Monday, August 29, 2011
By Tom Wachunas
“Art is the raw stuff which comes from aggressiveness by men who got that way fighting for survival.”
- sculptor David Smith –
“I have never felt and don’t feel now that art needs any justification outside of itself. One can only be suspicious of those artists and architects “who gotta serve somebody (Bob Dylan’s Jesus Christ capitalist theology).” - sculptor Richard Serra –
The kind of extreme industrial abstractions or Minimalism that most brutally sets my teeth on edge was best embodied by Richard Serra’a infamous “Tilted Arc” installation, originally placed in New York City’s Federal Plaza in 1981. The piece was an aggressive, incredibly ugly impediment to plaza foot traffic, and the furor it caused led to a protracted legal battle that climaxed with its removal in 1989. I was there, dumbfounded when the work – a menacing wall of rolled steel 120’ long and 12’ high - first appeared. And I walked through the plaza – elated - on morning after it had disappeared in the wee hours of the night. I never regarded the decision to remove it as a censorship issue. It was more a judicious re-assessment of its philosophical and aesthetic hubris. You can see a picture of the work, along with some additional commentary, archived here in my post of October 20, 2009.
Modernism in the second half of the 20th century gave us plenty of other examples of Minimalist sculpture at its most “pure” by artists such as Carl Andre, Donald Judd, and Tony Smith, to name only some. In most of those cases the works’ raison d’etre was clearly a deliberate eschewing of emotional content. Forms, often made of industrial materials, were severely reduced to geometric simplicities in an attempt to redefine “the art experience.” The resulting new experience was a radical shift in our traditional sense of art’s contexts, roles, and meanings. These objects were intended to simply “be” on their own terms, divested of any necessary capacity to conjure, suggest, or declare anything but…themselves.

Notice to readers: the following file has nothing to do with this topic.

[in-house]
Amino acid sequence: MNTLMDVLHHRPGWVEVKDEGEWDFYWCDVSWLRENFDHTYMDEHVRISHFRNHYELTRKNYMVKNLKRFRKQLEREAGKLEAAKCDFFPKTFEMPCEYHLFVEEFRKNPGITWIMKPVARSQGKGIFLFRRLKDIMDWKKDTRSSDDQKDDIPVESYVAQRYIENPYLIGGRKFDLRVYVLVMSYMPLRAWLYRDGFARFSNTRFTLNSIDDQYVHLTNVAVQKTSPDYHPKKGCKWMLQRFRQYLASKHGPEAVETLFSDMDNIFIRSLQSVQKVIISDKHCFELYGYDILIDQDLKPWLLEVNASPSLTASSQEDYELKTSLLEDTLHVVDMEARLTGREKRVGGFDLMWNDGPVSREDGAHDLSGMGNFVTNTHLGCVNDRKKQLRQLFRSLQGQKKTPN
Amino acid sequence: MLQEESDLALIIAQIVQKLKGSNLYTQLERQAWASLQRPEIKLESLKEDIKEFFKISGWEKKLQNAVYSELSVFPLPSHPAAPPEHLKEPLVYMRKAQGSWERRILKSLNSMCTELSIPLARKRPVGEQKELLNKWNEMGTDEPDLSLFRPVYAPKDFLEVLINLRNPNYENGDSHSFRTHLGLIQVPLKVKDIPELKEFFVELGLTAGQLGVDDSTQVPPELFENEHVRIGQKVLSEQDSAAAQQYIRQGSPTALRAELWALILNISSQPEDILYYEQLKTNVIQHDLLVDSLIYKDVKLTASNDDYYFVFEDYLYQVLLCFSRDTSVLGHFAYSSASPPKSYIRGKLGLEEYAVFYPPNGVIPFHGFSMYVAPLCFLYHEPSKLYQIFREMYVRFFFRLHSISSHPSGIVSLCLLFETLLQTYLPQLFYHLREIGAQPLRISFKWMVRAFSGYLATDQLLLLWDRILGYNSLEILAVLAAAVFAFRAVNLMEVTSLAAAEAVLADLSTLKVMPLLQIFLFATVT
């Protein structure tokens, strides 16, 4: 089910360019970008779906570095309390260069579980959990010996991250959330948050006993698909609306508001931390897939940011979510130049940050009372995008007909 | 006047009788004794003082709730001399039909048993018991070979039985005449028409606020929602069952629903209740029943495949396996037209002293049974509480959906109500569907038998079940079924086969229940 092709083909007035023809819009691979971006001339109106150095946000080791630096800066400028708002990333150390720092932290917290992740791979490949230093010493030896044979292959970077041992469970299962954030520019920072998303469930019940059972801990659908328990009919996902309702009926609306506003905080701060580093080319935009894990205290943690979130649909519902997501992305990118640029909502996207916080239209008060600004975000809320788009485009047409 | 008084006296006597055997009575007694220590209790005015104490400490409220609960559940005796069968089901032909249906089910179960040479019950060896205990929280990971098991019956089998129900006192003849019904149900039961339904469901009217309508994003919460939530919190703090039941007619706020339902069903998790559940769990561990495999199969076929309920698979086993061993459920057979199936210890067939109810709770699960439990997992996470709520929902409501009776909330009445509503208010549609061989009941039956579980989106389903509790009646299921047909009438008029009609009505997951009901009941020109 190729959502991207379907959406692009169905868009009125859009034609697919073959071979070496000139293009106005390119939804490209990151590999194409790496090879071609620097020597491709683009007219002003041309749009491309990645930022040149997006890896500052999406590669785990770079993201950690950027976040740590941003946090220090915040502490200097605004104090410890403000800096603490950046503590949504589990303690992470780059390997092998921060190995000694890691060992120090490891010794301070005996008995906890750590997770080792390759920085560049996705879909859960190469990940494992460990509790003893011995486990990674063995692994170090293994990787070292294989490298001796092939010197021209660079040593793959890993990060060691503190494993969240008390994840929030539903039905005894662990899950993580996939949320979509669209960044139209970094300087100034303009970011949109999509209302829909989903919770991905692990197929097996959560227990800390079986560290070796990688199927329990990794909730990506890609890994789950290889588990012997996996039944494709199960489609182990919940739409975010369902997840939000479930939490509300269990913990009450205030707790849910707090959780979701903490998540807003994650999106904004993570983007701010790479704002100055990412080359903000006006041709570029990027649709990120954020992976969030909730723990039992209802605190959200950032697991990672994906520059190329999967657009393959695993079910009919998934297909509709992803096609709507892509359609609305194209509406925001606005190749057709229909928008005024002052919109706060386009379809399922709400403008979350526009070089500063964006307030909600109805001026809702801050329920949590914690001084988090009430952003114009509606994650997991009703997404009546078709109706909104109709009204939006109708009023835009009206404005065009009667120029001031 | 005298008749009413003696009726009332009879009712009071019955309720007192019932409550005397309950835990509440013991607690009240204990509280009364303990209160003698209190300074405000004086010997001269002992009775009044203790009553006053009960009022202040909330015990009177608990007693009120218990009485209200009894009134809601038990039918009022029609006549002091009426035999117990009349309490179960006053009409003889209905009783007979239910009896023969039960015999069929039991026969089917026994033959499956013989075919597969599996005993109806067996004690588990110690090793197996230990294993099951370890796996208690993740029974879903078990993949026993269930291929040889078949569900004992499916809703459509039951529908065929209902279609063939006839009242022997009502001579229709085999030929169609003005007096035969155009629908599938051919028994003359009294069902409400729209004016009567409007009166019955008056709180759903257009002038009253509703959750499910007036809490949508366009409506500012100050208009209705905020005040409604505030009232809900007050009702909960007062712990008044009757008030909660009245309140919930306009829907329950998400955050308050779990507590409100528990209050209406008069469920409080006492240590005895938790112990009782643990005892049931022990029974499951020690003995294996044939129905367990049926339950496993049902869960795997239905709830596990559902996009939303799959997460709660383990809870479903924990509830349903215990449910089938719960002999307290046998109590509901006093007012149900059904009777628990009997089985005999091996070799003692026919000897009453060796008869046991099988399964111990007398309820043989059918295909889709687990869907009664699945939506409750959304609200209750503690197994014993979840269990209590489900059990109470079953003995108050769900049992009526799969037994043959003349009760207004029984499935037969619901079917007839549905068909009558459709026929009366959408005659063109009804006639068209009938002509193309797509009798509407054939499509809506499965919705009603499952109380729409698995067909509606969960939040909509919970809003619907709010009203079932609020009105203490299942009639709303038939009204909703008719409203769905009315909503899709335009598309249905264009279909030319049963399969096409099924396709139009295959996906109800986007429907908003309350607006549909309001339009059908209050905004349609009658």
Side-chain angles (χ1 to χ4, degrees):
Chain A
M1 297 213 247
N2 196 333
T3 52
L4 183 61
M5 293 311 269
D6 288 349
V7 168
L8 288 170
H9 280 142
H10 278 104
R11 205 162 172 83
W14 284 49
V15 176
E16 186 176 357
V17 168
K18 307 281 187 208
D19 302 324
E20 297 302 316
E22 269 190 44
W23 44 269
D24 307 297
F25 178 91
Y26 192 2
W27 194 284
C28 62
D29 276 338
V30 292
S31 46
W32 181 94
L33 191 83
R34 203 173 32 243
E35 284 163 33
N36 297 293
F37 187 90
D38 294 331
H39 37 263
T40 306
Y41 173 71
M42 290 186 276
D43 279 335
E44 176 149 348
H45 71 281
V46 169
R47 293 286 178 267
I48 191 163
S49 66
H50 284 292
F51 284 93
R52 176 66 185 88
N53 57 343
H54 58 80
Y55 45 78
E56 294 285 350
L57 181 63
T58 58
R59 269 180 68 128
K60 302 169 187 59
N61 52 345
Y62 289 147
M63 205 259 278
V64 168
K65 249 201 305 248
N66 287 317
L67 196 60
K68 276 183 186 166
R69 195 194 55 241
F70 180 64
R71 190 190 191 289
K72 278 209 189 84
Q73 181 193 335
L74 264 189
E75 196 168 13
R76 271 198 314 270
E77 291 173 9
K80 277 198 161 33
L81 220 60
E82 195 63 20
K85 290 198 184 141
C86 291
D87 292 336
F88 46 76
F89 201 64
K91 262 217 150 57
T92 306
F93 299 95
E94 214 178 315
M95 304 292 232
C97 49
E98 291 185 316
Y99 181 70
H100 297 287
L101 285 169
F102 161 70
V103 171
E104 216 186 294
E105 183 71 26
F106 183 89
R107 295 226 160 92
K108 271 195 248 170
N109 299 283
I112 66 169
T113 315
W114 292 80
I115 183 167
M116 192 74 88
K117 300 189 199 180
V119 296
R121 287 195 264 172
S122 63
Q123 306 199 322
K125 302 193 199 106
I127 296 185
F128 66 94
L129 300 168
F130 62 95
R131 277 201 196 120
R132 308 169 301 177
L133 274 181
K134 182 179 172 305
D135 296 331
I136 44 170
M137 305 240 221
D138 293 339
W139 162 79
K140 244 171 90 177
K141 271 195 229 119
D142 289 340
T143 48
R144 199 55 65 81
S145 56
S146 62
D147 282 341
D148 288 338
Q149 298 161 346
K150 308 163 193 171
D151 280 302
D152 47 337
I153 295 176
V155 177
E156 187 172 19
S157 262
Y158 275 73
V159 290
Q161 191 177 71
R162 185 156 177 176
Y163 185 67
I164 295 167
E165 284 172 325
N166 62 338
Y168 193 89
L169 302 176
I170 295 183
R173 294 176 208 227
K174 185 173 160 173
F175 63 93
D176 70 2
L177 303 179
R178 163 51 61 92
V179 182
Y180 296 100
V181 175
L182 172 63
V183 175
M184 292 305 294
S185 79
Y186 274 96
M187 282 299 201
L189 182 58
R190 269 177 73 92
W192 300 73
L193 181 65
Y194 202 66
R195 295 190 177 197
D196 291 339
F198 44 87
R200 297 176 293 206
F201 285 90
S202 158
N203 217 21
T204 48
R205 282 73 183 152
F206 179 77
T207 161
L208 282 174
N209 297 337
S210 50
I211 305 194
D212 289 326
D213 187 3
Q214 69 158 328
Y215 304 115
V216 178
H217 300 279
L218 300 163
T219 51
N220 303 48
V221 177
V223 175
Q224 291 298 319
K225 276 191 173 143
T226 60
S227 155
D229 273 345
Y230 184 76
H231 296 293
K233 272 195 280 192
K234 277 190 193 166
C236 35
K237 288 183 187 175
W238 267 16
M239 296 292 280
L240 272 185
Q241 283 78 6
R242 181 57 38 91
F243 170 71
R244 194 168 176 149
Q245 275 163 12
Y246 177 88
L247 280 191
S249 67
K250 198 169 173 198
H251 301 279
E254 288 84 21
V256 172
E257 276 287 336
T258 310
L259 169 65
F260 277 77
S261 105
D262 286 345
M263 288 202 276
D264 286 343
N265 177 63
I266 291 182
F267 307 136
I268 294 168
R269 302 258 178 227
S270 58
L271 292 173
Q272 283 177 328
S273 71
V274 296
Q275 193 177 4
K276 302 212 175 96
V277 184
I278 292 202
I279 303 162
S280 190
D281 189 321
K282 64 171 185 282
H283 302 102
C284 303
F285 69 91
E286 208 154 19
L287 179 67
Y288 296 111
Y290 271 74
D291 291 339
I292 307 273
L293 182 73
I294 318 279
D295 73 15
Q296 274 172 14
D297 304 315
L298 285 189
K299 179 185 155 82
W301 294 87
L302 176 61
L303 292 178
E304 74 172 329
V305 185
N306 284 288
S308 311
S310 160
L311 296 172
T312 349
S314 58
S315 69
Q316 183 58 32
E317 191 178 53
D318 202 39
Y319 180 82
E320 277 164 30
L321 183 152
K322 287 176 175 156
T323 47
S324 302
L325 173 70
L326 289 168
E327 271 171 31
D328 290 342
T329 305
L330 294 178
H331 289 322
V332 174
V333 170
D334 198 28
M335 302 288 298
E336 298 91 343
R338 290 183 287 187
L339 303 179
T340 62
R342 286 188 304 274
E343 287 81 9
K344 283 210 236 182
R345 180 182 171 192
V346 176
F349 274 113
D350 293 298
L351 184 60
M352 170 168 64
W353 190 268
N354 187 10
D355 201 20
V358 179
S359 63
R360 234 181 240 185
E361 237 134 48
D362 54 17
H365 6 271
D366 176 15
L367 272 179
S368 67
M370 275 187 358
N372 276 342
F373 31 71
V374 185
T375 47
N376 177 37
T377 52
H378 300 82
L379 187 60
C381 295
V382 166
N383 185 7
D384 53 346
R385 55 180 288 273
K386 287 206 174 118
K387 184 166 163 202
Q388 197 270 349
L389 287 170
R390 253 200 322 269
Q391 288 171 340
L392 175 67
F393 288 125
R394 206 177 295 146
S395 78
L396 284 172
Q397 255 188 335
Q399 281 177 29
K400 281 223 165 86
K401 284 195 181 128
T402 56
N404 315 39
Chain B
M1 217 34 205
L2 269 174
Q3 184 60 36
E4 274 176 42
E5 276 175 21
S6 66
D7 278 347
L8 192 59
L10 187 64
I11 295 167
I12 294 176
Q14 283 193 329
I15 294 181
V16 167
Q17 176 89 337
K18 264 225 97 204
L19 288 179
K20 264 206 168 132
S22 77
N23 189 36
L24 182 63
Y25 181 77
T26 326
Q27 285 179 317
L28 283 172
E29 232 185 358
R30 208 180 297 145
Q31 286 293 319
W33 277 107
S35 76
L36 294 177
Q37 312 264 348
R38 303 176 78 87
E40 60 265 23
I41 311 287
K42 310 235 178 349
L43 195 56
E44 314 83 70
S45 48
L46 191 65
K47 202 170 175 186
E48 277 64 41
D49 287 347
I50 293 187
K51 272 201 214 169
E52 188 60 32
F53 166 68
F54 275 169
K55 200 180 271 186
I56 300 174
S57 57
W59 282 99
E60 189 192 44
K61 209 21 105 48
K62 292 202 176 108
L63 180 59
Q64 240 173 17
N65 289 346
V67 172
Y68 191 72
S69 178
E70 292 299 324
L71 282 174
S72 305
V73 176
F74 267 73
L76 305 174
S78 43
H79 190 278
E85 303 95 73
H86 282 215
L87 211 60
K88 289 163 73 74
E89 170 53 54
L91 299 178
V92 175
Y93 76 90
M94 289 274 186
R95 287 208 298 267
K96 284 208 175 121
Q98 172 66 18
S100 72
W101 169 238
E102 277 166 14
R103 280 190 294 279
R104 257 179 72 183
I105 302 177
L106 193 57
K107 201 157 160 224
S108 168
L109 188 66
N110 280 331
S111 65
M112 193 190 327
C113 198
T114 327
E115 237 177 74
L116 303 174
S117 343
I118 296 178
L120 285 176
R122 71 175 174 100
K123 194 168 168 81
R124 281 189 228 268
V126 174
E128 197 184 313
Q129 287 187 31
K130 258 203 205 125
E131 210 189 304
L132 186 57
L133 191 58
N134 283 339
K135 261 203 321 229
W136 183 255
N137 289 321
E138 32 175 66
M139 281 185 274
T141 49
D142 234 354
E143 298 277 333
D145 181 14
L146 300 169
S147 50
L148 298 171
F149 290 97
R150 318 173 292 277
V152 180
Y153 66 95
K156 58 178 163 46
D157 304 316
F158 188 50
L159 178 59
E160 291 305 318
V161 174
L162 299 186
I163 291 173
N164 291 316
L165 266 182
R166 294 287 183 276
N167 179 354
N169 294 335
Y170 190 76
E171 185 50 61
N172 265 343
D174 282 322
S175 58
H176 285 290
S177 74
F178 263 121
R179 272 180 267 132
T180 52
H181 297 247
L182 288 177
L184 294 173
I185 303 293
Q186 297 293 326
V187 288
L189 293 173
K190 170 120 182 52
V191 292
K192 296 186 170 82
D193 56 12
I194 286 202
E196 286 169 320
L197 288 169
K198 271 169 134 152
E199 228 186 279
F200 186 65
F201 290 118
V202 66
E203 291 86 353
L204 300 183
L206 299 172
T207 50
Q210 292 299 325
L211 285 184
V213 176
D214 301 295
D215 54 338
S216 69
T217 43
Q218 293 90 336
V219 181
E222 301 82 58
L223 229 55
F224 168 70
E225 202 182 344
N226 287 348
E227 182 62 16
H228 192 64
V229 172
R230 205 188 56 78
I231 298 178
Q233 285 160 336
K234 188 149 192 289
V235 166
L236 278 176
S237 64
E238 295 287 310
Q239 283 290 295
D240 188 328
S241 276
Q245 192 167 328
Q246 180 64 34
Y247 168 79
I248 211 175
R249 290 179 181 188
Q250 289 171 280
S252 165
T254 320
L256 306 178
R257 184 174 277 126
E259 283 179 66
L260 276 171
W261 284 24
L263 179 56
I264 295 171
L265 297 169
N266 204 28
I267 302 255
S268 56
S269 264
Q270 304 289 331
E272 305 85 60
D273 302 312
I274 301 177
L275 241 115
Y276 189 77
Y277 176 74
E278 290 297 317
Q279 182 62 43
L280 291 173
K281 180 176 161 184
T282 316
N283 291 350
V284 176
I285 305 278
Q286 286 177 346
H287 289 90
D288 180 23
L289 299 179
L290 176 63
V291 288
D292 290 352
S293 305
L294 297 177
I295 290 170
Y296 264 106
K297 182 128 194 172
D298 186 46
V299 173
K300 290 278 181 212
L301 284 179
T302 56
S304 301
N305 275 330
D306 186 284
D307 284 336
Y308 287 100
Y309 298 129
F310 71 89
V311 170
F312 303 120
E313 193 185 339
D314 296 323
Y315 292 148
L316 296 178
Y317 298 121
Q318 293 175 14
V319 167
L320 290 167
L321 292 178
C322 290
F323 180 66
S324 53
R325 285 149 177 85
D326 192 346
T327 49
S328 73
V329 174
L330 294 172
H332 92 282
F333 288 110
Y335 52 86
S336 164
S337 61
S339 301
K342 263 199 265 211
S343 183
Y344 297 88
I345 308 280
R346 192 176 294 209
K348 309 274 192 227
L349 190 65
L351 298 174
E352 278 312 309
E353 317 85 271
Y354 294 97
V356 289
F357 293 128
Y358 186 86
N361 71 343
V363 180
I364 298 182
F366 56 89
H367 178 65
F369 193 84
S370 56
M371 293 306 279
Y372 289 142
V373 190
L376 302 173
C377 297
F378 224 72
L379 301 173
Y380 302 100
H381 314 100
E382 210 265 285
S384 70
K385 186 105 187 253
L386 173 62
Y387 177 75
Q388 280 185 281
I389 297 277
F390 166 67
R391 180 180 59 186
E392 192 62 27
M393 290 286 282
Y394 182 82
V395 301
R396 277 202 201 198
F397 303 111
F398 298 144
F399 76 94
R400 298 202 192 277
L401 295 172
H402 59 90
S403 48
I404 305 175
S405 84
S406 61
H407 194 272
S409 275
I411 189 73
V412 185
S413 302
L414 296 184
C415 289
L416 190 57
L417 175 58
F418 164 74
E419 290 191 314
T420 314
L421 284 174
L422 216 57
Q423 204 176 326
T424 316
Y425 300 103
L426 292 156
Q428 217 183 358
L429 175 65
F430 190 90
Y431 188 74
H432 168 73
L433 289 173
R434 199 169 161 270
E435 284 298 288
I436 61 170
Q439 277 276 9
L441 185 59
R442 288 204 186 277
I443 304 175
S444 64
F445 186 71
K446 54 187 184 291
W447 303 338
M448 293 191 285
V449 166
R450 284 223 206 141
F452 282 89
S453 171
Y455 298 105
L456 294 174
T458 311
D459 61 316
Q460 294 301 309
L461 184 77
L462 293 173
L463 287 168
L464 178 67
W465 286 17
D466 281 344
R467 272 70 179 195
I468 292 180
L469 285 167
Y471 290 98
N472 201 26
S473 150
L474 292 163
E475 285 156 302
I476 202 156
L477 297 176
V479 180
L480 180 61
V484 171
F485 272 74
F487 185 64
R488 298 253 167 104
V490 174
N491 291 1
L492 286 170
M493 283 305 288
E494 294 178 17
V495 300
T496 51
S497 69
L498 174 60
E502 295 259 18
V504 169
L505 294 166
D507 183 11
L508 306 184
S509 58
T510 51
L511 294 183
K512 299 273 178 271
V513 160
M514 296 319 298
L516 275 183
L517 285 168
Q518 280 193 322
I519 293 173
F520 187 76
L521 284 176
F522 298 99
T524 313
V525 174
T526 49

Still, I never believed that Minimalism’s intended down-playing (if not outright elimination) of emotional relationship with - or interpretation of - the art object could ever be completely accomplished. Even when encountering Minimalism at its most intrusive or interruptive, as humans we’re emotionally, psychologically, and spiritually wired to seek out meaning and purpose to our art, no matter what it’s made of or what it looks like. OK fine, so call me a Romantic.
Currently in the first floor gallery of the Fine Arts building at Kent State University Stark campus is a show by sculptor Terry Klausman called “Steel: A Welded Sculpture Exhibition.” He’s not a trained artist in the traditional academic or formal sense, so in some ways you might regard his pieces as “outsider art.” No matter, really. As demonstrated here, his workmanship is clear and crisp, and his eye for fusing elegant lines, textures, and intriguing forms is very well-practiced and refined. In his statement he writes that he’s been influenced by Minimalism. But beyond his presenting us with unadorned, cut-and-welded steel shapes of considerable weight, his is a “humanized” Minimalism, infused with – dare I say it? – real personality.
From the largest of his monolithic Vertical Series pieces, to the smaller, more intricate “IS-11” series, variously suggestive of gear boxes or mechanical “guts,” there’s a human-scale intimacy and that belies their metallic, machine shop patina. Is this a collective homage to the steel industry that once ringed this part of the country like a bold and shiny necklace around Pittsburgh, Youngstown, Cleveland, and Canton? A love song, or a swansong? In any case, these works aren’t so many mute sentinels of a bygone era as they are impeccably crafted recitations of sculpted rustbelt poetry. A passionate declaration of human hand united with industrial machine. And in as much as they might be reflections on past or waning livelihoods, they speak now with remarkable liveliness.
Photo: “IS-11-10” by Terry Klausman, ON VIEW THROUGH SEPTEMBER 15 in the Fine Arts building first-floor gallery at Kent State University Stark campus, 6000 Frank Avenue NW, Canton. Viewing hours are Monday – Thursday 8am to 8pm, Friday 8am to 5pm.